After a full bench trial on the merits, the district court determined that, although USAPA clearly had some improper motives, it was also motivated by at least one legitimate purpose: “securing the additional compensation contained in the MOU while putting off to another day the question of the appropriate seniority regime.” Securing additional compensation is a legitimate union purpose. See Maj. Op. at 47 (citing Baker v. Newspaper & Graphic Commc'ns Union, Local 6, 628 F.2d 156, 166 (D.C.Cir.1980)). A determination of motive constitutes a finding of fact by the district court, which we may overturn only if it is clearly erroneous. Woods v. Graphic Commc'ns, 925 F.2d 1195, 1199 (9th Cir.1991). Even under this deferential standard of review, the majority writes off the district court's findings as clearly erroneous because “the district court did not point to a single piece of evidence supporting its conclusion” that “USAPA included Paragraph 10(h) for the purpose of obtaining benefits under the agreement.” Maj. Op. at 47. I strongly disagree.
Under the “clearly erroneous” standard, we must “defer to the lower court's determination unless, based on the entire evidence, we are possessed of a ‘definite and firm conviction that a mistake has been committed.’ “ SEC v. Rubera, 350 F.3d 1084, 1093 (9th Cir.2003) (quoting Easley v. Cromartie, 532 U.S. 234, 242 (2001) (emphasis added)). “So long as the district court's view of the evidence is plausible in light of the record viewed in its entirety, it cannot be clearly erroneous.” Id. at 1093–94. Thus, our duty does not end with the opinion of the district court; we must review the entire evidentiary record before overturning a factual finding with which we may disagree.
The majority mischaracterizes what the district court found to be USAPA's legitimate motive for including Paragraph 10(h) in the MOU. Contrary to the majority's assertions, USAPA never claimed that Paragraph 10(h) was intended as a quid pro quo concession to extract additional compensation from American Airlines, and the district court never said it was. See Maj. Op. at 47–48. What the district court actually found was that Paragraph 10(h) was intended to prevent an internal struggle within USAPA's membership, which could have jeopardized or delayed the ratification of the MOU and the additional compensation it offered. While USAPA was able to negotiate the MOU, it did not act with a free hand; the agreement would not become binding until ratified by the union's membership. Thus, the majority is mistaken in treating securing additional compensation and preventing a “drag-out fight” as two separate justifications for USAPA's action. They are two sides of the same coin: USAPA could not secure additional compensation for its employees if it could not get the MOU ratified, and it could not get the MOU ratified if the MOU implicated the seniority issues that had divided USAPA's membership since 2007. There is ample evidence in the record to support the district court's finding that USAPA feared that the benefits of the MOU might be jeopardized by implicating pilot seniority.1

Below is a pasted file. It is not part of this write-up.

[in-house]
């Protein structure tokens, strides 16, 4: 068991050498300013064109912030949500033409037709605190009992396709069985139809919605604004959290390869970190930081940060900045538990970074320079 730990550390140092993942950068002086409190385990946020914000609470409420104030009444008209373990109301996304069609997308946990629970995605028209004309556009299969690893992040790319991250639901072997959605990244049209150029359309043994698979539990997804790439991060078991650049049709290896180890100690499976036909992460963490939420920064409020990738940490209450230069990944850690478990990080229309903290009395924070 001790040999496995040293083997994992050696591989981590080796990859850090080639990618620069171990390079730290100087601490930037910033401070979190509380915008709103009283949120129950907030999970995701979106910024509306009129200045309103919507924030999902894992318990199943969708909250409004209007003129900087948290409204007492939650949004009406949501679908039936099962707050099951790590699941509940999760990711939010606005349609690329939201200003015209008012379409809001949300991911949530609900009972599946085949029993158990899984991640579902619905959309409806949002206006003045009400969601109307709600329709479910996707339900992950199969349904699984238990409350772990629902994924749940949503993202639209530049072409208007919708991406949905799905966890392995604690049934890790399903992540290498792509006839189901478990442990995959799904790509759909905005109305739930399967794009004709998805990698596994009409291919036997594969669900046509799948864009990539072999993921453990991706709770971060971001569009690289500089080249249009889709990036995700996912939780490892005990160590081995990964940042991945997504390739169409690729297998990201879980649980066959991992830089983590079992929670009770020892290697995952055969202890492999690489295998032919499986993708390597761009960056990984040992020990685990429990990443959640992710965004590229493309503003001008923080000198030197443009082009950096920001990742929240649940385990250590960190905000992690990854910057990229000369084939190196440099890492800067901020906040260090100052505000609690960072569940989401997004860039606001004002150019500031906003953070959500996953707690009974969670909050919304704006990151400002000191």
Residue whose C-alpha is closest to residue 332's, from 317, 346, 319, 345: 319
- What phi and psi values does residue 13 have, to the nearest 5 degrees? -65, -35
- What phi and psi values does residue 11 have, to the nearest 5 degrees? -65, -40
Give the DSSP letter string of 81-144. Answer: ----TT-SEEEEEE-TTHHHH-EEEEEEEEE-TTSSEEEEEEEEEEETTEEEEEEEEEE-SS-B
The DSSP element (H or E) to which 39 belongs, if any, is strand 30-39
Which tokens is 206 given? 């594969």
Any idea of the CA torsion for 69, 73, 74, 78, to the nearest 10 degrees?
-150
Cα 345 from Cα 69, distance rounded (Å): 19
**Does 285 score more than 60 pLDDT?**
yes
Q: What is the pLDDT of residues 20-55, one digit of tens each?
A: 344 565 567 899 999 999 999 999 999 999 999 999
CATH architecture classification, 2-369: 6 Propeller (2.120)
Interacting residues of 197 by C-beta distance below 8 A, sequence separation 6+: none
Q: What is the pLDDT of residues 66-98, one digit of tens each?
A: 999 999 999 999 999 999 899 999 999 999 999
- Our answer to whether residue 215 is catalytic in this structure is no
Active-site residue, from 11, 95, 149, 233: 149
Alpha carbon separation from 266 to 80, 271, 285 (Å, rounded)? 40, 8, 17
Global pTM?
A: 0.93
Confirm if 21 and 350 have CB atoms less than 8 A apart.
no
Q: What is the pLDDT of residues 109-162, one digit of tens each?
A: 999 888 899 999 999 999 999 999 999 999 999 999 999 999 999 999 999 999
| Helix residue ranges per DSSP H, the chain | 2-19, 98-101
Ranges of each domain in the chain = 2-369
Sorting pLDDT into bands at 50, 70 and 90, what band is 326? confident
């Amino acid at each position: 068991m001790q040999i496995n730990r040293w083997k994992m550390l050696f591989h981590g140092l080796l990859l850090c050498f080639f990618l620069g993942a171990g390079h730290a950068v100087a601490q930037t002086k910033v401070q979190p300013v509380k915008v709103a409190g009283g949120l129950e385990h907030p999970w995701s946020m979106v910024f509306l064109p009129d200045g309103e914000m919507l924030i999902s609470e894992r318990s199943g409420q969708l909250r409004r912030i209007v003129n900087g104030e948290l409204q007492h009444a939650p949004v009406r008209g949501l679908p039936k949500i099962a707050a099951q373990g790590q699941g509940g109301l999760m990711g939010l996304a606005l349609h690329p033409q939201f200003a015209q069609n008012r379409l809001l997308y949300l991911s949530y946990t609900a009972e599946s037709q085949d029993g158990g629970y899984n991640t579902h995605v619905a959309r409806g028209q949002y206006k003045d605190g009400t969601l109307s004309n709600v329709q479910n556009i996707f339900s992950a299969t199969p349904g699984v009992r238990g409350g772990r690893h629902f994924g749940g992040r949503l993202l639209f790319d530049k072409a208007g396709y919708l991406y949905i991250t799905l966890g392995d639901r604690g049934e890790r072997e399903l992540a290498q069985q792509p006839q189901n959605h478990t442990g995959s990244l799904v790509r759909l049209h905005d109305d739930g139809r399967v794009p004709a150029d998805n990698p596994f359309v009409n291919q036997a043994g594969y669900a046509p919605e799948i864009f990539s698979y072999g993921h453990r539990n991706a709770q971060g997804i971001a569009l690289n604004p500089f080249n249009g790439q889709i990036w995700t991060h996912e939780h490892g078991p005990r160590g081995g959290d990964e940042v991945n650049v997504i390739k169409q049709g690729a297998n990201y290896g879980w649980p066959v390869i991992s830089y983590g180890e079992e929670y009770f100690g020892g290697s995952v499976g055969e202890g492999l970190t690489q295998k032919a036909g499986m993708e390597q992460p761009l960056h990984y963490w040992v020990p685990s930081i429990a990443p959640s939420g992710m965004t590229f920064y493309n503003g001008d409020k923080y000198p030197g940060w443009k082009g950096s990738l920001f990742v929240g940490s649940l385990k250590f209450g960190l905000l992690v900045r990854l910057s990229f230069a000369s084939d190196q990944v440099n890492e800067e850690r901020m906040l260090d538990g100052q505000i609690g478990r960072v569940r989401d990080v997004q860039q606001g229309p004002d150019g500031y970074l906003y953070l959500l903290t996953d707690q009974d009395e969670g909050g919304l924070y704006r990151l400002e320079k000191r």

The first place this motive is apparent is the language of Paragraph 10(h) itself. Contrary to the majority's claims, Paragraph 10(h) did not “clearly favor[ ] one side in the intra-union dispute,” Maj. Op. at 49, or “relieve[ ] USAPA of any obligation it had to negotiate with the airlines and APA based on the Nicolau Award,” id. at 29. What the East Pilots have wanted all along is not two seniority lists, but a single seniority list based on date of hire. The West Pilots, meanwhile, wanted the Nicolau Award without any modification. Paragraph 10(h) gave neither side what it wanted. In explicitly disclaiming any effect on pilot seniority, the MOU was, as the district court found, “explicitly neutral.” That finding is not clearly erroneous. In the coming McCaskill–Bond proceedings, the East Pilots would still have to convince an arbitration panel to abandon the Nicolau Award if they were ever to get the date-of-hire seniority regime they wanted. And if USAPA had remained the certified bargaining representative of U.S. Airways' pilots, it would still have been bound by the Nicolau Award to the same extent it was bound before the MOU was ratified.2 It is USAPA's decertification as the exclusive bargaining agent of the U.S. Airways pilots, not Paragraph 10(h), that has relieved it of its duty to the West Pilots.
Had USAPA been truly opportunistic, it might have tried to include a provision in the MOU calling for date-of-hire seniority. Instead, Paragraph 10(h) ensured that the MOU gave neither the East Pilots nor the West Pilots what they wanted in terms of seniority, but gave both what they wanted in terms of compensation. USAPA's decision to walk a middle road between the desires of the East and West Pilots strongly supports the district court's finding that it acted in part from a desire to “rationally promote the aggregate welfare of employees in the bargaining unit.” Rakestraw, 981 F .2d at 1535.